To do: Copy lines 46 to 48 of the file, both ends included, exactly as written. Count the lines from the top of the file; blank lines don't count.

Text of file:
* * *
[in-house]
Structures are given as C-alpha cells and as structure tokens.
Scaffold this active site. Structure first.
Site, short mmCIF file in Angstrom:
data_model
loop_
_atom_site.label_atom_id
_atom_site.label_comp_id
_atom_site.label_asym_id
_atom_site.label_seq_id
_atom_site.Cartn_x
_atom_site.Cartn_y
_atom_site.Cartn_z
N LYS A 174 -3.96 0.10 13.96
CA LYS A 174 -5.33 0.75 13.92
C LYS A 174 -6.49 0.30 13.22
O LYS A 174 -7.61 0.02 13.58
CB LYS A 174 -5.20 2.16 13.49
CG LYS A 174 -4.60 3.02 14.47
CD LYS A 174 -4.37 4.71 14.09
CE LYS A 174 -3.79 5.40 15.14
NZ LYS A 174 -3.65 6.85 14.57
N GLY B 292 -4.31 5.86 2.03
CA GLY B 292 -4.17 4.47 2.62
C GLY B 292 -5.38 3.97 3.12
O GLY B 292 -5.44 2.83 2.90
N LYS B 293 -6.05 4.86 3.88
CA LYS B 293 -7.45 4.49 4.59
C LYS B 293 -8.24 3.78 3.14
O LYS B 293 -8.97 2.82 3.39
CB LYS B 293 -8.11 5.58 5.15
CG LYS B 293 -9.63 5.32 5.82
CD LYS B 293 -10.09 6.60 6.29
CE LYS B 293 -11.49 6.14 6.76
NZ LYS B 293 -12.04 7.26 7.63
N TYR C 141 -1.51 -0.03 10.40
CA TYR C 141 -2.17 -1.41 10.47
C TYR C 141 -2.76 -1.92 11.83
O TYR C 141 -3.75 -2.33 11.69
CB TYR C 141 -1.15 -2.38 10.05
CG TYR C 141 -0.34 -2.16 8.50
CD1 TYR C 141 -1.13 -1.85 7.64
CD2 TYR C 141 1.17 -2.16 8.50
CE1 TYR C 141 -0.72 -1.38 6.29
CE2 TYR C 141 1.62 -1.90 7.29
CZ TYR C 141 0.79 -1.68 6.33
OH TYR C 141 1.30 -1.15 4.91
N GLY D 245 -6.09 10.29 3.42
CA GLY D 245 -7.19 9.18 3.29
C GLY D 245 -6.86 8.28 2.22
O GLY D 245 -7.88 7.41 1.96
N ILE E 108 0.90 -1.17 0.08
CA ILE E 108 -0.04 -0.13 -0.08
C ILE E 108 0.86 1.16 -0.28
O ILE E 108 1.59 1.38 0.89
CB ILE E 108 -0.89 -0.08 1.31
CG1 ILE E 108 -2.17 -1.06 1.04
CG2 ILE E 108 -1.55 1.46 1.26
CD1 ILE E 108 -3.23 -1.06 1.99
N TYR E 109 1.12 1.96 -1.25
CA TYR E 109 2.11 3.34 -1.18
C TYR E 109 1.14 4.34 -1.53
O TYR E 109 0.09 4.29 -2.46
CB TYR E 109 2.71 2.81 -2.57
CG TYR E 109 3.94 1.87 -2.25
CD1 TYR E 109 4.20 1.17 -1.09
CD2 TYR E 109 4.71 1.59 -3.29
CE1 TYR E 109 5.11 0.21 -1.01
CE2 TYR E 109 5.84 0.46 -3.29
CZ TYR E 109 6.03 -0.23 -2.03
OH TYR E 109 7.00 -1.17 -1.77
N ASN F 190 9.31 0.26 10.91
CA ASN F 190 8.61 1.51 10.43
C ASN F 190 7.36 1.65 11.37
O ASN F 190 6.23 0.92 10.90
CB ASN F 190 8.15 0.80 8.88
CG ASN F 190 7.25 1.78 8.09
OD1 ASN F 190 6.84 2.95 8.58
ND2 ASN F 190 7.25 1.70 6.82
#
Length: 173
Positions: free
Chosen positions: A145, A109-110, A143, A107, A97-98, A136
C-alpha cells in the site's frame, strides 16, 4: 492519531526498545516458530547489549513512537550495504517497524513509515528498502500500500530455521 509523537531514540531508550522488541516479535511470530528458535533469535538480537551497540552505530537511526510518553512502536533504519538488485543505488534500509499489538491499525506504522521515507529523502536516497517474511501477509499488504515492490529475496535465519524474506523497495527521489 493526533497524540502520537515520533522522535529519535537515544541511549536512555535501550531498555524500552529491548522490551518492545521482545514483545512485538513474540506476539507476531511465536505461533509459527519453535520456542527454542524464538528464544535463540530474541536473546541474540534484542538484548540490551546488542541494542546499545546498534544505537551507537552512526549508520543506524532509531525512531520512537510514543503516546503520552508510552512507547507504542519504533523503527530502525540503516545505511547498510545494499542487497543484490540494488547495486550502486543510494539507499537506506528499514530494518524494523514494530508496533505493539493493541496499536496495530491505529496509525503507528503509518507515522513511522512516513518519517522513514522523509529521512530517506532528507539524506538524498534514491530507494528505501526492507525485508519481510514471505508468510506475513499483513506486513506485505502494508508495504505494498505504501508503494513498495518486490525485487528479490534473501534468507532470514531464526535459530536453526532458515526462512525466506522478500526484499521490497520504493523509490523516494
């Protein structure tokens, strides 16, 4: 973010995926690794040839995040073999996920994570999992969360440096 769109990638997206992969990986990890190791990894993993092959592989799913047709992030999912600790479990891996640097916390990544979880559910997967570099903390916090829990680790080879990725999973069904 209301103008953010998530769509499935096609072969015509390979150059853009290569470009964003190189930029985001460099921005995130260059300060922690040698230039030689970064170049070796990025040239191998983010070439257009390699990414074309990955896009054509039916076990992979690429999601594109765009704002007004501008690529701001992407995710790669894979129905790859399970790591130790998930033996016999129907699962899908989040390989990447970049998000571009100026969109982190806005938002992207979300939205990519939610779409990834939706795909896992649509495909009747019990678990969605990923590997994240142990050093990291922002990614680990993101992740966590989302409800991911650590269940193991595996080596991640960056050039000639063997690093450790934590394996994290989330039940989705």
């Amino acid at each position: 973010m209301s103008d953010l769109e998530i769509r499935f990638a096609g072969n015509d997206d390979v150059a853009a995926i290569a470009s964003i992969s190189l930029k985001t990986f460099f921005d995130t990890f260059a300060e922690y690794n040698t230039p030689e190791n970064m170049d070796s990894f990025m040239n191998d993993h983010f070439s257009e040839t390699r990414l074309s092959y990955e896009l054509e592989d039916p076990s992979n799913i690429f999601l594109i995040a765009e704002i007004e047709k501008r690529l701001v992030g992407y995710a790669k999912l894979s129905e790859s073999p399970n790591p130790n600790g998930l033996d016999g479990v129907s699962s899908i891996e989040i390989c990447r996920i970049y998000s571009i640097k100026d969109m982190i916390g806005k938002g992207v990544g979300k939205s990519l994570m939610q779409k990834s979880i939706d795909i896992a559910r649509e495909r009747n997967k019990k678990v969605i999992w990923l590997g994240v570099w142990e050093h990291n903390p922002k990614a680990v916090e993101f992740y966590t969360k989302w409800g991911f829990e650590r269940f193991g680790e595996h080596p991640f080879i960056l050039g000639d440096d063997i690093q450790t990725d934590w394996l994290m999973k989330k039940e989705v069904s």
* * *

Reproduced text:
CZ TYR C 141 0.79 -1.68 6.33
OH TYR C 141 1.30 -1.15 4.91
N GLY D 245 -6.09 10.29 3.42